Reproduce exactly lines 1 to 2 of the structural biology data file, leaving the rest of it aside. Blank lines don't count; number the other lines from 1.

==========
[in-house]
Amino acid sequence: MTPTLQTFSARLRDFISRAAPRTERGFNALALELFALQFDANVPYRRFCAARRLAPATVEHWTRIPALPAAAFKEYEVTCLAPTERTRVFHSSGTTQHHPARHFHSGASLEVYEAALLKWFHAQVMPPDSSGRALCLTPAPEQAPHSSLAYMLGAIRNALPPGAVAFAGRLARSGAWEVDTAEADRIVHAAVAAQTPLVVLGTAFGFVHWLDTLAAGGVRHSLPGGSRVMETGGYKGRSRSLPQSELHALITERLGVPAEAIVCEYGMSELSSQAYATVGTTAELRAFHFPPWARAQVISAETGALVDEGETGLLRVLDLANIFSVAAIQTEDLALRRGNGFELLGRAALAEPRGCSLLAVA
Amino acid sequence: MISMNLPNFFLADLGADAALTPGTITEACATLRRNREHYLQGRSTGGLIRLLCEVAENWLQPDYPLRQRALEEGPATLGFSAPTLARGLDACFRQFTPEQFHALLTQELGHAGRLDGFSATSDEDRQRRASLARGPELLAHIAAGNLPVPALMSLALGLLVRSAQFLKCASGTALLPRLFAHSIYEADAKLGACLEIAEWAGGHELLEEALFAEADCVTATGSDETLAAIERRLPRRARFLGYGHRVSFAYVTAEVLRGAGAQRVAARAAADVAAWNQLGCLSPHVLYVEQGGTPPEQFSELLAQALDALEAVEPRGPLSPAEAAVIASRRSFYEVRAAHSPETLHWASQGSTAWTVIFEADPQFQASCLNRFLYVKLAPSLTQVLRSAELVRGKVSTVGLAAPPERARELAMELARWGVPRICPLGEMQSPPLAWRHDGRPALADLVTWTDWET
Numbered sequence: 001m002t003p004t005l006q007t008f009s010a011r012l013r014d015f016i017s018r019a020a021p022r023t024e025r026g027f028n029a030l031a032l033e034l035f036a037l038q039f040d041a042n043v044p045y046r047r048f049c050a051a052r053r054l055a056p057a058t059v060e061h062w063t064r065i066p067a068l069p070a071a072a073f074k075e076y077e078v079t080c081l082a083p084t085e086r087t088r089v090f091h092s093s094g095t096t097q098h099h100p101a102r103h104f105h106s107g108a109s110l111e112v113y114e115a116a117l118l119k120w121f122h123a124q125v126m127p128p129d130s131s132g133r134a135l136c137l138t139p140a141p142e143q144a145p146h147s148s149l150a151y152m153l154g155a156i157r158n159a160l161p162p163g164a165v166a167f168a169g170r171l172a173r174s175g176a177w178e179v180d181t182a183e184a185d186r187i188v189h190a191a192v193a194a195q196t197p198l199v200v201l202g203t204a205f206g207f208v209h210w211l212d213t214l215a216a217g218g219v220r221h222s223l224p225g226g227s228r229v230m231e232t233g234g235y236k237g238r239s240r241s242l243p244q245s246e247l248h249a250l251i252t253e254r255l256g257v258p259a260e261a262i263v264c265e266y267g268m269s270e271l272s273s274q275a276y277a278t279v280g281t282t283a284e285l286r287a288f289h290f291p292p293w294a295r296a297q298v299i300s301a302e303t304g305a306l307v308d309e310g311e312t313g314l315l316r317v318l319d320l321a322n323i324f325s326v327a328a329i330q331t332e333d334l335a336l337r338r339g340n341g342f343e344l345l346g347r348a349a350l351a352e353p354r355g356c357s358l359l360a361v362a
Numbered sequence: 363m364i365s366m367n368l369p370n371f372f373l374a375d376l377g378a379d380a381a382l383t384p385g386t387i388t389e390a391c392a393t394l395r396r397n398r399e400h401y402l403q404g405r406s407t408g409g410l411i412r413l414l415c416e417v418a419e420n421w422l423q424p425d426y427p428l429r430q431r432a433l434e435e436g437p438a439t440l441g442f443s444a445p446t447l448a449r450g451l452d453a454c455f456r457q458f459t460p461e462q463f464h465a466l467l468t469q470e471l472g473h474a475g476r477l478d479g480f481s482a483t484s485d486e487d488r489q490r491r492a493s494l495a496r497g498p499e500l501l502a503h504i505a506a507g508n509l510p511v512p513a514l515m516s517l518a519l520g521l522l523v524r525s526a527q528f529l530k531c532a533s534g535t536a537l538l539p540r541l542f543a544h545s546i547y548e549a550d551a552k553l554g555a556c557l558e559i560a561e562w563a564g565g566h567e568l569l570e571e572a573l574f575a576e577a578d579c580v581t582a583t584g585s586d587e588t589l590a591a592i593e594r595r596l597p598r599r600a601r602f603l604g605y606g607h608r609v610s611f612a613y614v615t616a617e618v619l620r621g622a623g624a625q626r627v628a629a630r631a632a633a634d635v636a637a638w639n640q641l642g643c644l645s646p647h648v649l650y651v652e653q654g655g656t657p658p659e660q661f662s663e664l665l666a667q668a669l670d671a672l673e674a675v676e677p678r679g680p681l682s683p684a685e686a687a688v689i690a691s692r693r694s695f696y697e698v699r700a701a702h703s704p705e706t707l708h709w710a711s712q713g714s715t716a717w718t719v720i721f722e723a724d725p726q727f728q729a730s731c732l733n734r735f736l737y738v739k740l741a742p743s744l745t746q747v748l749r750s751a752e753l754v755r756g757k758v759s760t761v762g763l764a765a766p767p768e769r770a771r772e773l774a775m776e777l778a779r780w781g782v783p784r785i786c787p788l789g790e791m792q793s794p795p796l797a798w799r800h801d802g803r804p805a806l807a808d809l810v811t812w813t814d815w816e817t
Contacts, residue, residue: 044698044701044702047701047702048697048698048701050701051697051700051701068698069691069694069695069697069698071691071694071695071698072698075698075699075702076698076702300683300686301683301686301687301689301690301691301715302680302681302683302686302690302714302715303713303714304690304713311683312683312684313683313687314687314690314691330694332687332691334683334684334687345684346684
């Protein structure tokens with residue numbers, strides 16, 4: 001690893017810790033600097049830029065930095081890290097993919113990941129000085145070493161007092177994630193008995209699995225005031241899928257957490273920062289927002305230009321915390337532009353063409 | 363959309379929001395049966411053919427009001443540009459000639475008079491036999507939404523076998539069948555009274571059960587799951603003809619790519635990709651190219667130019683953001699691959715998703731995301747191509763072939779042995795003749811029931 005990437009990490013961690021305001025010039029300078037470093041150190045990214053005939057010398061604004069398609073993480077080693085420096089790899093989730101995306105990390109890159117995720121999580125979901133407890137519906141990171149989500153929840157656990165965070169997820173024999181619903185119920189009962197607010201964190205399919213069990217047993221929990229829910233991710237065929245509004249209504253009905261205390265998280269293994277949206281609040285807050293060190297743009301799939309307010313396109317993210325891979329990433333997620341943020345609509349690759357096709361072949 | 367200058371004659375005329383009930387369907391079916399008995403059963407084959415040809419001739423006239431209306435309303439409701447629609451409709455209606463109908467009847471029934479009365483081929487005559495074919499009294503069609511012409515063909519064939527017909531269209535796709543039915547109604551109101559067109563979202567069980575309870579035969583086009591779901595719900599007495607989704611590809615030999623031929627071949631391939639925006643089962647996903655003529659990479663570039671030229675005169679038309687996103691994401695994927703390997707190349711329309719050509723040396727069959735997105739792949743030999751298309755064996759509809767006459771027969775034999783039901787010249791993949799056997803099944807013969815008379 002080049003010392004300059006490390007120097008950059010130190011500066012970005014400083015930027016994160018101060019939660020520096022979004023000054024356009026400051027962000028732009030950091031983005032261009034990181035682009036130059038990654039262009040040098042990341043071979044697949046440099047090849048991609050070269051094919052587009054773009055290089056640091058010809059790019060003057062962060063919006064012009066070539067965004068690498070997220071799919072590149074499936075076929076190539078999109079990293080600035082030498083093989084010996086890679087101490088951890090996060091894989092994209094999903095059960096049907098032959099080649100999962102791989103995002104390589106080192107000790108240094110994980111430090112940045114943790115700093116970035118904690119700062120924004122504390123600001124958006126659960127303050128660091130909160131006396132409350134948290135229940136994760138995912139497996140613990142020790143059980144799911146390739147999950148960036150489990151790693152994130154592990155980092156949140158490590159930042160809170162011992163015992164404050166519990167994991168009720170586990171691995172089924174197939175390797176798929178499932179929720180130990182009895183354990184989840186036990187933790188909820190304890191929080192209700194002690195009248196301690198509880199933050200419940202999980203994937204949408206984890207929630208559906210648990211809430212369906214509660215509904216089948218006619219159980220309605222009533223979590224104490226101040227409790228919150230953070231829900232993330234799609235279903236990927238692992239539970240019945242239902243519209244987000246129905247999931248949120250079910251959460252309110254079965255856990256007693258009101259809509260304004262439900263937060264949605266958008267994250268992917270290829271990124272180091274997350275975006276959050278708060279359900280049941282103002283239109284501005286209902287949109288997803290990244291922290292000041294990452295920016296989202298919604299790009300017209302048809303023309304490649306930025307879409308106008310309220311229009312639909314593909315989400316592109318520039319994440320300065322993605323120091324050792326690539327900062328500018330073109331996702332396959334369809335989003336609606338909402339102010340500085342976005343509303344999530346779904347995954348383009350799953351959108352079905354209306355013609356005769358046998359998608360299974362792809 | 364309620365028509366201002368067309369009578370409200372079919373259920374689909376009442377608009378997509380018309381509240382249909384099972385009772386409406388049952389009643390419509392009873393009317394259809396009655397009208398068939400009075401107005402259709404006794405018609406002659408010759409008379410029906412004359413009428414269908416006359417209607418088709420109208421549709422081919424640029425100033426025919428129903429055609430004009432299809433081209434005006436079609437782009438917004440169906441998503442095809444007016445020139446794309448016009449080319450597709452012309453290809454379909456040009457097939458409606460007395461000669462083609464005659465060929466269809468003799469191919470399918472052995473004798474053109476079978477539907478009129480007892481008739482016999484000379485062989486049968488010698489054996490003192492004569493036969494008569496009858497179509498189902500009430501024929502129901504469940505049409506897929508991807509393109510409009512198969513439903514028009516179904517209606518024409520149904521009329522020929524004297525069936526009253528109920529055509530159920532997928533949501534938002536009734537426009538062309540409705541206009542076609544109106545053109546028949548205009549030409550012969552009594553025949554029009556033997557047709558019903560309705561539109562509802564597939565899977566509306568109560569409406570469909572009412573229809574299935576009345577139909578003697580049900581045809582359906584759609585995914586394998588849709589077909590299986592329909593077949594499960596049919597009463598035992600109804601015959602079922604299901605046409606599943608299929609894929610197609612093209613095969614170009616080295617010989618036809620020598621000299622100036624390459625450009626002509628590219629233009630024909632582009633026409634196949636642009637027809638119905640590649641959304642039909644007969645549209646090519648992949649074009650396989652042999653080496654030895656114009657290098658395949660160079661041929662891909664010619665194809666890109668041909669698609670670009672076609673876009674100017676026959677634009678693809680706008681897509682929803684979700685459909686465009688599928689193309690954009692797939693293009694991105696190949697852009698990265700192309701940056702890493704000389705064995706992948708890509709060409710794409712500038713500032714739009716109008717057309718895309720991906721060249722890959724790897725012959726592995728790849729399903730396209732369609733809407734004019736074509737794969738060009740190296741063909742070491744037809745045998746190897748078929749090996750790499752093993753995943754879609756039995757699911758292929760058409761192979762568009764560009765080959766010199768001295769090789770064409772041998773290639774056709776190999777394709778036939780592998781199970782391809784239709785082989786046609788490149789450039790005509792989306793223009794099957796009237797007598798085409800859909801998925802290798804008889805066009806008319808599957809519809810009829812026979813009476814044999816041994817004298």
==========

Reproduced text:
[in-house]
Amino acid sequence: MTPTLQTFSARLRDFISRAAPRTERGFNALALELFALQFDANVPYRRFCAARRLAPATVEHWTRIPALPAAAFKEYEVTCLAPTERTRVFHSSGTTQHHPARHFHSGASLEVYEAALLKWFHAQVMPPDSSGRALCLTPAPEQAPHSSLAYMLGAIRNALPPGAVAFAGRLARSGAWEVDTAEADRIVHAAVAAQTPLVVLGTAFGFVHWLDTLAAGGVRHSLPGGSRVMETGGYKGRSRSLPQSELHALITERLGVPAEAIVCEYGMSELSSQAYATVGTTAELRAFHFPPWARAQVISAETGALVDEGETGLLRVLDLANIFSVAAIQTEDLALRRGNGFELLGRAALAEPRGCSLLAVA